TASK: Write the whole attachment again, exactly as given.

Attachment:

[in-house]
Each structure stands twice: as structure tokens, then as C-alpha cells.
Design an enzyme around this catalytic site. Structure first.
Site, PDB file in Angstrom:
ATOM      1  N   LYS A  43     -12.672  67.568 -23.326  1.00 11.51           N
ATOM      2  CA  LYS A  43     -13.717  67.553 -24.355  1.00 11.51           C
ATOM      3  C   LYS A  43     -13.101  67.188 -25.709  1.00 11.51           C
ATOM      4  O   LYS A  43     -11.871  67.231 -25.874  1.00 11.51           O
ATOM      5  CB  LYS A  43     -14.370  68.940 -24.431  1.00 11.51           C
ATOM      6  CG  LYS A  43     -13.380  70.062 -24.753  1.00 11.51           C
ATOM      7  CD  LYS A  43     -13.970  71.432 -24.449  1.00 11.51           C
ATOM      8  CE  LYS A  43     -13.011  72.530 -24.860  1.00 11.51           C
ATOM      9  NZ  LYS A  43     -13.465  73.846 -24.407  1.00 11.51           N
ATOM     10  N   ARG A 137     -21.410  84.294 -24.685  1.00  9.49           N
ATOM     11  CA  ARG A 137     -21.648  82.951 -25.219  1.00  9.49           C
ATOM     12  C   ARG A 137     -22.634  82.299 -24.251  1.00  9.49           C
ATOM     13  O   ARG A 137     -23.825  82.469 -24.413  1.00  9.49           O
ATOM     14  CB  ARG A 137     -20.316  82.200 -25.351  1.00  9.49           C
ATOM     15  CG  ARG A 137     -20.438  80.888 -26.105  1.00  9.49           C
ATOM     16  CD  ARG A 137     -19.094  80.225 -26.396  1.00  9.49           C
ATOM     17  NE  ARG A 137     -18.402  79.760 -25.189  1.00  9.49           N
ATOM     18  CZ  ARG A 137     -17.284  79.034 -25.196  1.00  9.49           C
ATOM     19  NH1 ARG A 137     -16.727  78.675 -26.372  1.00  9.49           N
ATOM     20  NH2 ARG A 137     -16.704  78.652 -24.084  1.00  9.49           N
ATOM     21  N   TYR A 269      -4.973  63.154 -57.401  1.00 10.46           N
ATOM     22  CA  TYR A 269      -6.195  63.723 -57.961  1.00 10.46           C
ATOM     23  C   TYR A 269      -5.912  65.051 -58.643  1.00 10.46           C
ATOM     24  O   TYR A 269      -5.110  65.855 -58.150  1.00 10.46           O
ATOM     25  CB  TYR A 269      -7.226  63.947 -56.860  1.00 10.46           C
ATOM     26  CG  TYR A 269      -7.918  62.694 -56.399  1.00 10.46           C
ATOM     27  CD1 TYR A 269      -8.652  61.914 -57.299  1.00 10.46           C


[in-house]
Each structure stands twice: as structure tokens, then as C-alpha cells.
Design an enzyme around this catalytic site. Structure first.
Site, PDB file in Angstrom:
ATOM      1  N   LYS A  43     -12.672  67.568 -23.326  1.00 11.51           N
ATOM      2  CA  LYS A  43     -13.717  67.553 -24.355  1.00 11.51           C
ATOM      3  C   LYS A  43     -13.101  67.188 -25.709  1.00 11.51           C
ATOM      4  O   LYS A  43     -11.871  67.231 -25.874  1.00 11.51           O
ATOM      5  CB  LYS A  43     -14.370  68.940 -24.431  1.00 11.51           C
ATOM      6  CG  LYS A  43     -13.380  70.062 -24.753  1.00 11.51           C
ATOM      7  CD  LYS A  43     -13.970  71.432 -24.449  1.00 11.51           C
ATOM      8  CE  LYS A  43     -13.011  72.530 -24.860  1.00 11.51           C
ATOM      9  NZ  LYS A  43     -13.465  73.846 -24.407  1.00 11.51           N
ATOM     10  N   ARG A 137     -21.410  84.294 -24.685  1.00  9.49           N
ATOM     11  CA  ARG A 137     -21.648  82.951 -25.219  1.00  9.49           C
ATOM     12  C   ARG A 137     -22.634  82.299 -24.251  1.00  9.49           C
ATOM     13  O   ARG A 137     -23.825  82.469 -24.413  1.00  9.49           O
ATOM     14  CB  ARG A 137     -20.316  82.200 -25.351  1.00  9.49           C
ATOM     15  CG  ARG A 137     -20.438  80.888 -26.105  1.00  9.49           C
ATOM     16  CD  ARG A 137     -19.094  80.225 -26.396  1.00  9.49           C
ATOM     17  NE  ARG A 137     -18.402  79.760 -25.189  1.00  9.49           N
ATOM     18  CZ  ARG A 137     -17.284  79.034 -25.196  1.00  9.49           C
ATOM     19  NH1 ARG A 137     -16.727  78.675 -26.372  1.00  9.49           N
ATOM     20  NH2 ARG A 137     -16.704  78.652 -24.084  1.00  9.49           N
ATOM     21  N   TYR A 269      -4.973  63.154 -57.401  1.00 10.46           N
ATOM     22  CA  TYR A 269      -6.195  63.723 -57.961  1.00 10.46           C
ATOM     23  C   TYR A 269      -5.912  65.051 -58.643  1.00 10.46           C
ATOM     24  O   TYR A 269      -5.110  65.855 -58.150  1.00 10.46           O
ATOM     25  CB  TYR A 269      -7.226  63.947 -56.860  1.00 10.46           C
ATOM     26  CG  TYR A 269      -7.918  62.694 -56.399  1.00 10.46           C
ATOM     27  CD1 TYR A 269      -8.652  61.914 -57.299  1.00 10.46           C